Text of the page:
Unfortunately, some journalists still fall short on their commitment to properly inform the public, and tend to report whatever the government announces as absolute truth. Sadly, it is the direct legacy of Brexit: Journalists will not fact-check ministers. No question of criticising the government in time of crisis. No one wants to be accused of being biased against the government. Reporting only the facts, even if those facts are not actual facts... at least we will keep/get our slot to ask a random question in the daily briefings.


Matt Hancock’s ‘aspirational’ moment?

The Brexit legacy means that a minister like Matt Hancock who would, in normal (pre-Brexit) times, have got into trouble for repeatedly misleading the public, and possibly lost his job, is immune to sacking, to journalists fact-check, and to MPs scrutiny.

Of Matt Hancock, Labour MP Peter Kyle recently said that “he does not seem to be learning from his mistakes. Just as we saw with Theresa May’s government on Brexit, he overcomes one undeliverable promise by making a bigger one and it becomes a house of cards.”

Remember how Donald Trump wanted to re-open the US economy for Easter just a few week ago? “I would love to have it open by Easter.” (24 March)

Before he eventually changed his stance on 29 March: “We had an aspiration of Easter ... Easter is a very important day. Aspirationally, I said, ‘let’s see if we can do it at Easter’.”

An aspiration!

Was the 100,000 tests a day target an ‘aspiration’ too, Mr Hancock?

From #ClapForOurCarers to #BlameOurCarers?

Why is the government misleading people? Half of the current capacity testing is being carried out with less than a week to go to Matt Hancock’s end of April target. It is well short of the Health Secretary promise, and if the objective is missed the blaming game is going to start with Hancock being a clear target himself.

Peter Kyle also said that “the inevitable public inquiry will have to look at how these promises came to be made ... It was all about the macho posturing of who can make the biggest promise and say the biggest number and who can put up the most bravado for the cameras.”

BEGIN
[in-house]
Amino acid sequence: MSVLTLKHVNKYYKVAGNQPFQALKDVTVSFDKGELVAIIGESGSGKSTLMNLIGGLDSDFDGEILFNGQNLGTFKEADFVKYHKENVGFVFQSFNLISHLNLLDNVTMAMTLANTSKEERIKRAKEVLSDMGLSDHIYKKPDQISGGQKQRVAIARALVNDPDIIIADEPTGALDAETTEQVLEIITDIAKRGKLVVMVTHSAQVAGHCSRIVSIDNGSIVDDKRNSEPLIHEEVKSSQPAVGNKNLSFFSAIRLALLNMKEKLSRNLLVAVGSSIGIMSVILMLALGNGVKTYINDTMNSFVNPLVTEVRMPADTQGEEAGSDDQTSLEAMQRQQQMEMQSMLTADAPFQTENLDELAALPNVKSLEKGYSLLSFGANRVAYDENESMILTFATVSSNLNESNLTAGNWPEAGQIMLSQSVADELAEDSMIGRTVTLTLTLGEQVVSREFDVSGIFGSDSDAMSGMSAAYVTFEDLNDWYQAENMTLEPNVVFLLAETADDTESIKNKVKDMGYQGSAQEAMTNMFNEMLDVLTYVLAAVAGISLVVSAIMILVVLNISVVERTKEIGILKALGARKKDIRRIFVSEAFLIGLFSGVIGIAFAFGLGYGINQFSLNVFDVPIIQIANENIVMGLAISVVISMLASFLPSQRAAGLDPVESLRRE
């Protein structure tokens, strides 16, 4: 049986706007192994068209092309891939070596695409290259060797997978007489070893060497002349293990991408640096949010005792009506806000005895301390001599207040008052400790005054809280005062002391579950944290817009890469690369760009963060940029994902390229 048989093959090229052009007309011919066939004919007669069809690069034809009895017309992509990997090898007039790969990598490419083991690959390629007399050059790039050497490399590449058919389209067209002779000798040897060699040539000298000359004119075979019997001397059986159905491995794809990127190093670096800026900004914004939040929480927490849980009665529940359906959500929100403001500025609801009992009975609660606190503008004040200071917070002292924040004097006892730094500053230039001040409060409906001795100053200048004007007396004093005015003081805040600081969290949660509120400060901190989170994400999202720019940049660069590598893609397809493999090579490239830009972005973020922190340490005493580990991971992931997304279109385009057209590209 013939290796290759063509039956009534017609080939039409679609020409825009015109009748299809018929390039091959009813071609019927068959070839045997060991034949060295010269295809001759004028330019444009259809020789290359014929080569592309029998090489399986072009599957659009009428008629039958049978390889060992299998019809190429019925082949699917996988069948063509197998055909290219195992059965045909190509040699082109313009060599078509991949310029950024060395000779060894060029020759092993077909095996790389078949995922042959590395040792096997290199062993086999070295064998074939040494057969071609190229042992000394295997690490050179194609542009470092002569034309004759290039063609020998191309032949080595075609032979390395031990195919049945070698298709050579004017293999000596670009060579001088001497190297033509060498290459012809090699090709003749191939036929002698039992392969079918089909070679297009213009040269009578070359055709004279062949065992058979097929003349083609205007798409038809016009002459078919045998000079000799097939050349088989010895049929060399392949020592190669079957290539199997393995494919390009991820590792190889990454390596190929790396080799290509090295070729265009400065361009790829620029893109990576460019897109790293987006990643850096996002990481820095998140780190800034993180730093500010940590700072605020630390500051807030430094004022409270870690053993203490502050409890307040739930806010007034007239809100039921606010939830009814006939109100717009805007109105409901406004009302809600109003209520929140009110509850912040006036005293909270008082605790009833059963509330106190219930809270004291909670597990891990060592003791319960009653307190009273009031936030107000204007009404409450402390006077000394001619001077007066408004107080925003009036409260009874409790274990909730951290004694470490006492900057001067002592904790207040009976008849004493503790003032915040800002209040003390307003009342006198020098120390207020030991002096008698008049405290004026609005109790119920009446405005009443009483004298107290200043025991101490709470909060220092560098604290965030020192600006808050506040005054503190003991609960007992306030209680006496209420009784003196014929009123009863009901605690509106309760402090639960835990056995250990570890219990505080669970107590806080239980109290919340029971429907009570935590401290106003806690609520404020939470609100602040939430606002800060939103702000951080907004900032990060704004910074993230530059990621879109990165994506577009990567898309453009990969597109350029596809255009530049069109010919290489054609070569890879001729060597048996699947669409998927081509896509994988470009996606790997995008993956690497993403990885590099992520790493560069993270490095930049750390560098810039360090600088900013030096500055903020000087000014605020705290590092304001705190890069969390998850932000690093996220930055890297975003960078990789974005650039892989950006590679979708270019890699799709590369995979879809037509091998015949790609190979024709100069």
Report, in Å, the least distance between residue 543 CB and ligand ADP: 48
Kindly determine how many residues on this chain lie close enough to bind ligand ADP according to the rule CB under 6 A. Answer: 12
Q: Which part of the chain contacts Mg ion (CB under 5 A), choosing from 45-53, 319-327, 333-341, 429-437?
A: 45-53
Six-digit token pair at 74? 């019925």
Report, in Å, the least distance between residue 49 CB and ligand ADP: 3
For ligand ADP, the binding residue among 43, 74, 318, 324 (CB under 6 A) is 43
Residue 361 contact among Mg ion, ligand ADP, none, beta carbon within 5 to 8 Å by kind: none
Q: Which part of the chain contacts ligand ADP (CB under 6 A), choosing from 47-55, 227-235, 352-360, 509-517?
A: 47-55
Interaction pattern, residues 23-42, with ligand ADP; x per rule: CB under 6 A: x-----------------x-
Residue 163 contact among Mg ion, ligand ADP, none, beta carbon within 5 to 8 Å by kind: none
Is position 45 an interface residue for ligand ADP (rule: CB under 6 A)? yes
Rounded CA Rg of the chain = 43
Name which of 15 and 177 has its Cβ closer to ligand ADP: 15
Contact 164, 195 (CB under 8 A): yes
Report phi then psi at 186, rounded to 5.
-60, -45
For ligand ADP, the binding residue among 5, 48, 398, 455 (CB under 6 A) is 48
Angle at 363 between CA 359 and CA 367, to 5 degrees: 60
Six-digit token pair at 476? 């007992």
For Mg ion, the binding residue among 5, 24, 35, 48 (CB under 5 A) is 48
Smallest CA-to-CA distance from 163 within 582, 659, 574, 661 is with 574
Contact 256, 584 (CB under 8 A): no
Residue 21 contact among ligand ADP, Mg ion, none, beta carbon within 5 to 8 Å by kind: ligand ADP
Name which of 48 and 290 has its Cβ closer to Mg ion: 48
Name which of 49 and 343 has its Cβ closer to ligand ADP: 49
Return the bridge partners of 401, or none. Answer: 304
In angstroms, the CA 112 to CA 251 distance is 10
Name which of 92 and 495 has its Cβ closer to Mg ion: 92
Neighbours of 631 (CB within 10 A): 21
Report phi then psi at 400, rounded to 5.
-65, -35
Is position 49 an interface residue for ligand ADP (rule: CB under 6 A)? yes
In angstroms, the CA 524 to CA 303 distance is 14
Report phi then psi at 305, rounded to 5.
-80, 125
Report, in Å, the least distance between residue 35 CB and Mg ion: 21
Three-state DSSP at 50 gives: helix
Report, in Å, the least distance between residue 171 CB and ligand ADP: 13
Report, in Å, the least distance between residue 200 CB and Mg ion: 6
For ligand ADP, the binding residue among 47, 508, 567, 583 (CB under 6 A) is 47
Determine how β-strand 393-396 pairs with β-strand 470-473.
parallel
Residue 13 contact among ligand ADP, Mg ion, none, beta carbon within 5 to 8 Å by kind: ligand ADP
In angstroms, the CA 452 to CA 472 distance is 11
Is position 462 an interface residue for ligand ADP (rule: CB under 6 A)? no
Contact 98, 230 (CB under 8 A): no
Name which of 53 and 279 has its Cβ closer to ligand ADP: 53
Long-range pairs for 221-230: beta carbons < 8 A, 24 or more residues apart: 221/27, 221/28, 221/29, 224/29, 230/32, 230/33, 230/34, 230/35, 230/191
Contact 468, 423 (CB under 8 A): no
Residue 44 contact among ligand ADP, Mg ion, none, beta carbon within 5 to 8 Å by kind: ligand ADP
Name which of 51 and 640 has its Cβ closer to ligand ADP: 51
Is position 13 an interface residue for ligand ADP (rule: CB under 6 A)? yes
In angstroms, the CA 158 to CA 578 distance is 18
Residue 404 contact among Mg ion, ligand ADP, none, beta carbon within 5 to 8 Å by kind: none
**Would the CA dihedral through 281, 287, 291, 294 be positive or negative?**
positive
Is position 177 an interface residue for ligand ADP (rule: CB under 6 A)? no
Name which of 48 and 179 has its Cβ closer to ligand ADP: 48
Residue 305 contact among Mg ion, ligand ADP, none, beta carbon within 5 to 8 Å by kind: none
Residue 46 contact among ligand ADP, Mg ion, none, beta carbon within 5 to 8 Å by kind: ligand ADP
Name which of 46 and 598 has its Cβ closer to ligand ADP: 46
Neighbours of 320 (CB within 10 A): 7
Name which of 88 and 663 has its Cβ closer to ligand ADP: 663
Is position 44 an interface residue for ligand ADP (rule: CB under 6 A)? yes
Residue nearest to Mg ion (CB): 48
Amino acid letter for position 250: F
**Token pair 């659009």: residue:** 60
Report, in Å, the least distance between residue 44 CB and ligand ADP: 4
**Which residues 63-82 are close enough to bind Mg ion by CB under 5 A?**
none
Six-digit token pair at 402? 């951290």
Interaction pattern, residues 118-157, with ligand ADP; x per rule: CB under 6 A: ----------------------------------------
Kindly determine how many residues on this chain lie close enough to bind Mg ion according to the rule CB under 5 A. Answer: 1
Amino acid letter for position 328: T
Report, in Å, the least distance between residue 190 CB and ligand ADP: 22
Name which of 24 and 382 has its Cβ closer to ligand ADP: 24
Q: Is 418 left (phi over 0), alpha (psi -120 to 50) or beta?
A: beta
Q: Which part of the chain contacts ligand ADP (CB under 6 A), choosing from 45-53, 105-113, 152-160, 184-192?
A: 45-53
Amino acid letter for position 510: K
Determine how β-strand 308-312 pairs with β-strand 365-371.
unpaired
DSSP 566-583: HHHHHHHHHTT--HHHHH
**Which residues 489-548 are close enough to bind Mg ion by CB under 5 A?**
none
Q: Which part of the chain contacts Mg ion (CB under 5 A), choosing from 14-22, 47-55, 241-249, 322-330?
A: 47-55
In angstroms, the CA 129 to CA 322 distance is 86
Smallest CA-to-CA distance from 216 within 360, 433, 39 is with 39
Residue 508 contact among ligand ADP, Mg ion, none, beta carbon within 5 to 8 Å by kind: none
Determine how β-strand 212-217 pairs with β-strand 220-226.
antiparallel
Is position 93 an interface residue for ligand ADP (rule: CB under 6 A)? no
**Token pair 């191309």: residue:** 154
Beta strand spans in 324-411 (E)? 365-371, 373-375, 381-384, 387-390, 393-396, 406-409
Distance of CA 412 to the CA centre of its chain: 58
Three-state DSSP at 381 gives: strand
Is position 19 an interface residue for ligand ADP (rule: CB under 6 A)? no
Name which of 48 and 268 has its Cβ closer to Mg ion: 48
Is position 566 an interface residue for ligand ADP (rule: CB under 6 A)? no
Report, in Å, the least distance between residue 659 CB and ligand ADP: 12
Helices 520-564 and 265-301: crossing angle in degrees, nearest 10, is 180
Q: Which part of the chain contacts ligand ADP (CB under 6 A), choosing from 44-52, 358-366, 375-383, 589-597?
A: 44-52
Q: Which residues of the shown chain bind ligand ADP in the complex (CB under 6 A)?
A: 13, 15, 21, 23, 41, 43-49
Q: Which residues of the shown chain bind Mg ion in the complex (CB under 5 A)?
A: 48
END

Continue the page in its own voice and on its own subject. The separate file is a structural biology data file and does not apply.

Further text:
As Sarah Boseley, the Guardian Health editor, explained on Thursday, after having fully supported the British public clapping for them every Thursday (and I still don’t understand why we are meant to clap once a week only when most other countries do it every day??), Hancock and the government could well deflect the blame on to health workers and key workers.

“Hancock has already said that they are not turning up at the drive-through centres in the numbers expected,” she writes. “But in fact nurses and doctors have ended up self-isolating because of the long distances they would have to drive to get tested – and there have been stories of some being turned away when they get there. But there is a fundamental problem. Key workers don’t want a long drive at the end of a gruelling shift to get tested.

The former New York Times journalist Bob Herbert once wrote:

“There are few things more dangerous than a mixture of power, arrogance and incompetence.” 🔷


Check their Voting Record:

🗳️ Matt Hancock

🗳️ Keir Starmer

🗳️ Dominic Raab

🗳️ Grant Shapps

🗳️ Peter Kyle

[This piece was first published in PMP Magazine. | The author writes in a personal capacity.]

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(Cover: Flickr/Number 10. - Matt Hancock Digital Covid-19 Presser. | 23 Apr 2020. / Licensed under a Creative Commons Attribution-ShareAlike 4.0 International License.)